For our entrees, we tried the Terra-Bolognese and the Bluehouse Salmon. We give the Terra-Bolognese 4 out of 5 stars, and the Bluehouse Salmon 2 out of 5 stars. The Terra-Bolognese was unique enough that we feel like we couldn’t find this dish (or anything truly comparable) at other places. It was served warm and had a flavorful (and slightly spicy) body to it. It also disguised itself well as a plant-based dish. The Salmon, on the other hand, was good – but not exceptional. The portions were better for the Terra-Bolognese than the Salmon, as well.

Third Course, Desserts (Supernova Sweets)

The Carrot Cake at Space 220

Here’s what’s on the menu for Supernova Sweets. Guests select one of the following menu items:

Carrot Cake
Plant-Based Carrot Cake with Plant-Based Cream Cheese, Candied Walnuts, and Toasted Pepitas

Sticky Toffee Pudding Cake
Served with Dark Chocolate Sauce, Caramel Crunchy Pearls, and Salted Toffee Drizzle

Chocolate Cheesecake
Served with Whipped Chocolate Ganache, Chocolate Sauce, White Chocolate Crunchy Pearls, Cookie Crumbs, and Dark Chocolate Shards 

Gelato and Sorbet
Vanilla, Chocolate, Strawberry, or Mango

Lemon Mousse 
Lemon Mousse Sphere served with White Chocolate Rings, Lemon Custard, Marinated Blueberries, and Lemon Curd

For our last course, we tried the Lemon Mousse and the Carrot Cake. The Carrot Cake earned an easy 5 out of 5 stars for us, while the Lemon Mousse came in at 3 out of 5 stars. The presentation of the Carrot Cake was absolutely beautiful, and we couldn’t tell that the cream cheese icing was plant-based. The only criticism we have of this dish is the fact that the menu states it should be served with candied walnuts. Alas, we were served regular walnuts. The Lemon Mousse was good – essentially what you’d expect – but ultimately had more of a key-lime flavor than lemon. But light and tangy, it was a solid way to end the evening.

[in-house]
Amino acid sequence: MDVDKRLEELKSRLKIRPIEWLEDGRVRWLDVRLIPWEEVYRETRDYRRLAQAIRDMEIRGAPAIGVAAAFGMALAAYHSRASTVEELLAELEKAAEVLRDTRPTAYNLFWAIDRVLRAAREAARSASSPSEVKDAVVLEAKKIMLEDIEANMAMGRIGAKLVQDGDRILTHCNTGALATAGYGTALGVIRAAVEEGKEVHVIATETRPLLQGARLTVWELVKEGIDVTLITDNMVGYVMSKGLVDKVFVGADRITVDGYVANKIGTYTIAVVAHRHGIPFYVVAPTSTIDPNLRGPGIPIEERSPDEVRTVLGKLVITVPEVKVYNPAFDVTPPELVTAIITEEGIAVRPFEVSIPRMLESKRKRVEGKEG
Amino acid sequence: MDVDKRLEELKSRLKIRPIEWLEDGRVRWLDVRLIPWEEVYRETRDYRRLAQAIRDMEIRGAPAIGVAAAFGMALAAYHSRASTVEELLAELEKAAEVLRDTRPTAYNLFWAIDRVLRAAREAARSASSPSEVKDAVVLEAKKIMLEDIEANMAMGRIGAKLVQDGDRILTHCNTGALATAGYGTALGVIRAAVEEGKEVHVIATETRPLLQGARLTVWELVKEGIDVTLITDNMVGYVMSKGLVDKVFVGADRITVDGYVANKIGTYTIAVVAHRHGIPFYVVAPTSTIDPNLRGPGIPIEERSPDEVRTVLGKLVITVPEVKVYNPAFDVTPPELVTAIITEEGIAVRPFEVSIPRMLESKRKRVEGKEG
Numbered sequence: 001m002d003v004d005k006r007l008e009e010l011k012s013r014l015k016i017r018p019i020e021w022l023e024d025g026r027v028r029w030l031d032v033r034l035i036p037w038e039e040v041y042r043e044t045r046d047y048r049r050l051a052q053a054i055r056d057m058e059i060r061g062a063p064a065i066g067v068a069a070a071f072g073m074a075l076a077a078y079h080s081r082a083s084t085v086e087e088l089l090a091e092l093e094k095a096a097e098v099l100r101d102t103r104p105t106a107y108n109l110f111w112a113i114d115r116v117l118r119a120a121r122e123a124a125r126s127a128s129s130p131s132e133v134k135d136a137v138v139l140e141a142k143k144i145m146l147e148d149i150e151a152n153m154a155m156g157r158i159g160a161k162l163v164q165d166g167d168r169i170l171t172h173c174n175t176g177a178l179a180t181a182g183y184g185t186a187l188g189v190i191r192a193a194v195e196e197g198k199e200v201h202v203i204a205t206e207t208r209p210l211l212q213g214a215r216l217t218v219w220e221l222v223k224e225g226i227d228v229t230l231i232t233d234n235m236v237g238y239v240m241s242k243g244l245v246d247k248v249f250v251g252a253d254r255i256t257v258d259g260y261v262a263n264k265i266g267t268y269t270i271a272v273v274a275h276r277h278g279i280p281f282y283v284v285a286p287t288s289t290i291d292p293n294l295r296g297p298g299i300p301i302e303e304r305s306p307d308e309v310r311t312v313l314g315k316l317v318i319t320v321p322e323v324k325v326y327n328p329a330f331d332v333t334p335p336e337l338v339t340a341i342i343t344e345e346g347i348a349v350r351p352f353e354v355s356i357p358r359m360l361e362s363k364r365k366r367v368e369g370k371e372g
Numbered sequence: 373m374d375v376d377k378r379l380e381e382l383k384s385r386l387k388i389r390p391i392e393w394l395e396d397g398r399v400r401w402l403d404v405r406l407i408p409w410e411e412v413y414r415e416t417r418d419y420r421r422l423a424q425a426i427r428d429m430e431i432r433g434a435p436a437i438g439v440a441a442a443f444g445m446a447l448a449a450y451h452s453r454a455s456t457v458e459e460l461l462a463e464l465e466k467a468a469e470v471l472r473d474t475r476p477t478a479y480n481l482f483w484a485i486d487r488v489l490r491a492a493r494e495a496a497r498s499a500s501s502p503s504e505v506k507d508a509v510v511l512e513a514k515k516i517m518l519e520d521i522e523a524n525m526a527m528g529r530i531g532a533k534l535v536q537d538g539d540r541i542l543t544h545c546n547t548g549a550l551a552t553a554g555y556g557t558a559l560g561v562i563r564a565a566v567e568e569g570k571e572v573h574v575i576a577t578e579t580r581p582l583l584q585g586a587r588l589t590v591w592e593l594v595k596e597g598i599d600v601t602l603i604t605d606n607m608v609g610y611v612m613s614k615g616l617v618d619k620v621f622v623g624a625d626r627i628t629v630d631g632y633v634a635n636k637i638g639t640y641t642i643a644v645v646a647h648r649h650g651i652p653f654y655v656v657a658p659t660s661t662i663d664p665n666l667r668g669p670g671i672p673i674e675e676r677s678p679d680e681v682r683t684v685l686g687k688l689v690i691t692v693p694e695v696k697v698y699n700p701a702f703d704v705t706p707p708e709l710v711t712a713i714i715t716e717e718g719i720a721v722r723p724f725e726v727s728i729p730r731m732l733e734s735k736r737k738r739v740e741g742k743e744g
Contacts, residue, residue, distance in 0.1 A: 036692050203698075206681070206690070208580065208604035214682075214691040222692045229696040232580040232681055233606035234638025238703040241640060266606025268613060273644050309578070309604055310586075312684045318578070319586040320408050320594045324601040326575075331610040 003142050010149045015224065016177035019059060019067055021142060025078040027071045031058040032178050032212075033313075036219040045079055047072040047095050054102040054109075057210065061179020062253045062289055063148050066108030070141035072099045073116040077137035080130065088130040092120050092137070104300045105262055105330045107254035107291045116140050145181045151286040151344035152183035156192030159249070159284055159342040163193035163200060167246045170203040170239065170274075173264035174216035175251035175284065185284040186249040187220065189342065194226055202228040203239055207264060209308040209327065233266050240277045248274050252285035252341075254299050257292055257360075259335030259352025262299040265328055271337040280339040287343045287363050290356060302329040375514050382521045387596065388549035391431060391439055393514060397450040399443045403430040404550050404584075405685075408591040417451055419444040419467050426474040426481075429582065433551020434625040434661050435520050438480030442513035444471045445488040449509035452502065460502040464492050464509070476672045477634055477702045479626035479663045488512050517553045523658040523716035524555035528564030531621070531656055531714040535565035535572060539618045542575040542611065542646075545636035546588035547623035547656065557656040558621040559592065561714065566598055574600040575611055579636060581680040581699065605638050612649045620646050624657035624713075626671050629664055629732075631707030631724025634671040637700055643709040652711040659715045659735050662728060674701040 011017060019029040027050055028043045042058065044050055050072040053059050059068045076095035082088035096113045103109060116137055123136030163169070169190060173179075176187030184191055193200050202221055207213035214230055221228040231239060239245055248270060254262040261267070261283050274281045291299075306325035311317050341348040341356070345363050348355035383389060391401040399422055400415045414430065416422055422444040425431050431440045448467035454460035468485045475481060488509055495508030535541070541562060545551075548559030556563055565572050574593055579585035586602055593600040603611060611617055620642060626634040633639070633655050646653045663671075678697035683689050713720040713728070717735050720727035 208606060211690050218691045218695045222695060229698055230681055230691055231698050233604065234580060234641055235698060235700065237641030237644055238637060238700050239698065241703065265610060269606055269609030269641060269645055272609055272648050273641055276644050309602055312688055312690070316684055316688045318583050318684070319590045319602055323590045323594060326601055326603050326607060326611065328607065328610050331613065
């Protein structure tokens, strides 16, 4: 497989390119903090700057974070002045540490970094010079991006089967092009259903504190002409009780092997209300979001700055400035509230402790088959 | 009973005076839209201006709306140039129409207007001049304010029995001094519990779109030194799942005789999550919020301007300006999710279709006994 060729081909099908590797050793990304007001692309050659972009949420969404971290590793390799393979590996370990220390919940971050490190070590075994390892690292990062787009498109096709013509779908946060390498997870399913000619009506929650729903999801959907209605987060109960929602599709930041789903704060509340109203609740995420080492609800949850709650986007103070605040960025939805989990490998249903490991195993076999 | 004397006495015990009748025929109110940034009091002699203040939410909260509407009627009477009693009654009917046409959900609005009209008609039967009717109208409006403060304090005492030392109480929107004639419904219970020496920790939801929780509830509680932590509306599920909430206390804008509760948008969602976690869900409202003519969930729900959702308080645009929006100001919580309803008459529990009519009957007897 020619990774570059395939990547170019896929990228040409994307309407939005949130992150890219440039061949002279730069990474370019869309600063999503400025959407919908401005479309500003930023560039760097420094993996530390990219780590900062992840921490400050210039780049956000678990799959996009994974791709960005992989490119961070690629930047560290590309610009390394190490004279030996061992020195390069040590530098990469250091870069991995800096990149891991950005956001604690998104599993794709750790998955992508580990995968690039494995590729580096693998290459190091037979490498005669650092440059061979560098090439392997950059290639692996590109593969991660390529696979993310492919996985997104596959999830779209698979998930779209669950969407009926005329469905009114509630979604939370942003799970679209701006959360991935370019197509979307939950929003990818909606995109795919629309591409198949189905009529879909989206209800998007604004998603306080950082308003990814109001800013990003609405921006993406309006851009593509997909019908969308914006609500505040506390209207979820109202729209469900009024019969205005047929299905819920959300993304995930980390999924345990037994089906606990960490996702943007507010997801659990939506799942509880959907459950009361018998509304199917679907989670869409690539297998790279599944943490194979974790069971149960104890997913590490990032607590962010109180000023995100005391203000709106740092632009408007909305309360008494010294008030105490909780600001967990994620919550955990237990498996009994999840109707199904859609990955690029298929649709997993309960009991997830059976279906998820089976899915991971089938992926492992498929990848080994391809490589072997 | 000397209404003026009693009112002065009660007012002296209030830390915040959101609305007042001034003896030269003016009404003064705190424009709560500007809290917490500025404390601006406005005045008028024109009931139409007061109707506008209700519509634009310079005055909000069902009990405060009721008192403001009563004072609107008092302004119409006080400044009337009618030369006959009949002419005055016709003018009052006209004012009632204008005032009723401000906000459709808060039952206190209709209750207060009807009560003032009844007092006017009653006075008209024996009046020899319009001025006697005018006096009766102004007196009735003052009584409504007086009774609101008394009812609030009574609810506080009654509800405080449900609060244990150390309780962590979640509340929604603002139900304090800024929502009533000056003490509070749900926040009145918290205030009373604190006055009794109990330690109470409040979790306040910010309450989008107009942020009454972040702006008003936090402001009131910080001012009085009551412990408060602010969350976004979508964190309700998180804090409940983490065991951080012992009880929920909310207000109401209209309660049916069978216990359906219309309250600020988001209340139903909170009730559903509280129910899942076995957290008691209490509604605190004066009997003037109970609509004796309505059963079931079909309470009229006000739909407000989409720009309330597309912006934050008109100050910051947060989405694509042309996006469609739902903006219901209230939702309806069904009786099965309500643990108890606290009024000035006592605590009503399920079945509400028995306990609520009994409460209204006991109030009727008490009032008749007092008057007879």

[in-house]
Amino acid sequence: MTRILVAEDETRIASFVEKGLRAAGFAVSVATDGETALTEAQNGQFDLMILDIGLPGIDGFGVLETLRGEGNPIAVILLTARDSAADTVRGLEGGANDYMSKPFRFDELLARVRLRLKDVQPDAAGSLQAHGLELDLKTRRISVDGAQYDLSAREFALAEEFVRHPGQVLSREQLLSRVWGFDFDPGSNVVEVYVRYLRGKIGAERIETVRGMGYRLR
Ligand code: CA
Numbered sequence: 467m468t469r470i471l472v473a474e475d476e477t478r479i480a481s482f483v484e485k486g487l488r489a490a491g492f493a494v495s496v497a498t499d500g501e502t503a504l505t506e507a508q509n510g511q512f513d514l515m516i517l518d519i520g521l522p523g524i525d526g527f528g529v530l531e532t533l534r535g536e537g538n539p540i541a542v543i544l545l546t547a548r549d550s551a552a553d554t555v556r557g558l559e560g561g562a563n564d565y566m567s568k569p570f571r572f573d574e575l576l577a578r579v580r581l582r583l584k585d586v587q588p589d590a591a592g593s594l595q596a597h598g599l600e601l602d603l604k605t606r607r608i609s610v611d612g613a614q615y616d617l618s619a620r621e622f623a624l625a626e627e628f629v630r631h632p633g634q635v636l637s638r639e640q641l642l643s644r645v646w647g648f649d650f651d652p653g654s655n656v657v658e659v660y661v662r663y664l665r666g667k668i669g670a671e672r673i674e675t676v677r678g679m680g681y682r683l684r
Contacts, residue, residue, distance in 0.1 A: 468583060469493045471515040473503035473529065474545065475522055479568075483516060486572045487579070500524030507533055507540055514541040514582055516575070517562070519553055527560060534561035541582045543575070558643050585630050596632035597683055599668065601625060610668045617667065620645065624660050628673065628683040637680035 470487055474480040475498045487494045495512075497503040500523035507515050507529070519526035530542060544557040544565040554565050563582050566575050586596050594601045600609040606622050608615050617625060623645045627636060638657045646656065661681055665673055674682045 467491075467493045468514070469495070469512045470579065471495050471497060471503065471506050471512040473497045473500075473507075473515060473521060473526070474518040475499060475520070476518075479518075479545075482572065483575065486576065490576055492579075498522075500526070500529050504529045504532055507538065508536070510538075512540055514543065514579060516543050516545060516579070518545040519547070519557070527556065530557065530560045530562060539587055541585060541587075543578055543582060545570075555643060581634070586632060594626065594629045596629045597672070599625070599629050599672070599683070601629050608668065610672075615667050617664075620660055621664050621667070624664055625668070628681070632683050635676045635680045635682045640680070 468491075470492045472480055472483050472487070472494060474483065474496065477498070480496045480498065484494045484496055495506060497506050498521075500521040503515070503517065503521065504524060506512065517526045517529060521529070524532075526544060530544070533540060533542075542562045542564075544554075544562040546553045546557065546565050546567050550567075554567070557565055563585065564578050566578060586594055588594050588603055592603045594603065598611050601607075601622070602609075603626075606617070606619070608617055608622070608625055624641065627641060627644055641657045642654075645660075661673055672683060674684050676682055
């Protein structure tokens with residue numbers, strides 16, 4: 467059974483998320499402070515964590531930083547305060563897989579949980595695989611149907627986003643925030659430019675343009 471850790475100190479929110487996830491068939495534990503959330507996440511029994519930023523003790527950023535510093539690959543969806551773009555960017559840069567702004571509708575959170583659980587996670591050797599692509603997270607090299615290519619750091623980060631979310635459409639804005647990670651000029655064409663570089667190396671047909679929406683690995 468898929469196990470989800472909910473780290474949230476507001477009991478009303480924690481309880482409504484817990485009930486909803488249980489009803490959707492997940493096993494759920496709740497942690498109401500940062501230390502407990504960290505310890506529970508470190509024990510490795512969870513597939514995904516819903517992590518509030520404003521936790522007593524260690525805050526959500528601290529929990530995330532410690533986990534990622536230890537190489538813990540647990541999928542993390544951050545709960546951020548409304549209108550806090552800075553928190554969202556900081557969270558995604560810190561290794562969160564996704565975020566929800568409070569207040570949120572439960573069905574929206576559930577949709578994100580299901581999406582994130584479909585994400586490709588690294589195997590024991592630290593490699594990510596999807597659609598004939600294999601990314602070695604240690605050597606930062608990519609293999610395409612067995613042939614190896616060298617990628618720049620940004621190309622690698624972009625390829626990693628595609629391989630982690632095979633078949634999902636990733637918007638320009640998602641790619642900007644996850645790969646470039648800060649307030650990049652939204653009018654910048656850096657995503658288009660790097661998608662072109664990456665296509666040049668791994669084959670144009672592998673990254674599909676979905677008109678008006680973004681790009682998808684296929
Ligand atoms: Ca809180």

Space 220 at EPCOT

In addition to the prix-fixe menu, guests can add the following sides to their meal for an up-charge:

Roasted Fingerling Potatoes / $9
Fried Potato Wedges / $8
Brussels Sprouts / $10
Broccolini / $9

How Space 220 compares to other Disney dining

Space 220 at EPCOT

Space 220 is just one of many prix-fixe menus across Walt Disney World Resort. In comparison to the other menus, it’s in range of the others in terms of price and the quality of your meal (although it would rank relatively low on our list, in honesty). We’ve learned over the years that these experiences, while a little on the pricey side, are absolutely worth it if you want to get the full Disney experience. And let’s be honest – it’s not that much more than a hefty meal anywhere else on Disney property. 

Magic Kingdom

Be Our Guest
Lunch & Dinner, $62 adults/$37 kids ages 3-9 

Cinderella’s Royal Table 
Breakfast, $42 adults/ $27 kids ages 3-9
Lunch & Dinner, $62 adult/ $37 kids ages 3-9

Liberty Tree Tavern 
Lunch & Dinner, $39 adults/$21 kids ages 3-9


Garden Grill Restaurant 
Lunch and Dinner $55 adults/$36 kids 3-9

Walt Disney World Resort Hotels

Ohana – Disney’s Polynesian Village Resort 
Breakfast, $25 adults/ $14 kids ages 3-9
Dinner – $55 adults/$33 kids ages 3-9

Story Book Dining at Artist Point with Snow White – Disney’s Wilderness Lodge (currently unavailable) 
Dinner – $60 adults/$39 kids ages 3-9

All in all, we found our dining experience at Space 220 to be fine, but not our favorite. Overall, we found the prices to be slightly inflated for the food we got (even by theme-park standards). The service was good, and there wasn’t any single element of the experience we were disappointed with, but as a guest visiting the park, we wouldn’t want to spend this time and money here when there are so many other great places to dine. Now, would we go back? In an answer, maybe, if the occasion called for it. The atmosphere is absolutely as unique as you’d imagine it to be, so if you have someone in your party who is interested in dining in space, this experience would likely be worth it to them. If not, we’d recommend trying to eat somewhere more earth-bound.

Have you eaten at Space 220? What did you think?  Let us – and thousands of other Disney fans – know in our Orlando Informer Community on Facebook.

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About Aryn Bordelon

Aryn Bordelon grew up eating rice and kimchi in the Panhandle and was indoctrinated with a love of Florida theme parks from a young age. A long-time follower of OI, she has spent years attending the parks in a variety of ways, from repeatedly attending Halloween Horror Nights to racing (and placing) at Universal Running events alongside her husband, Ian.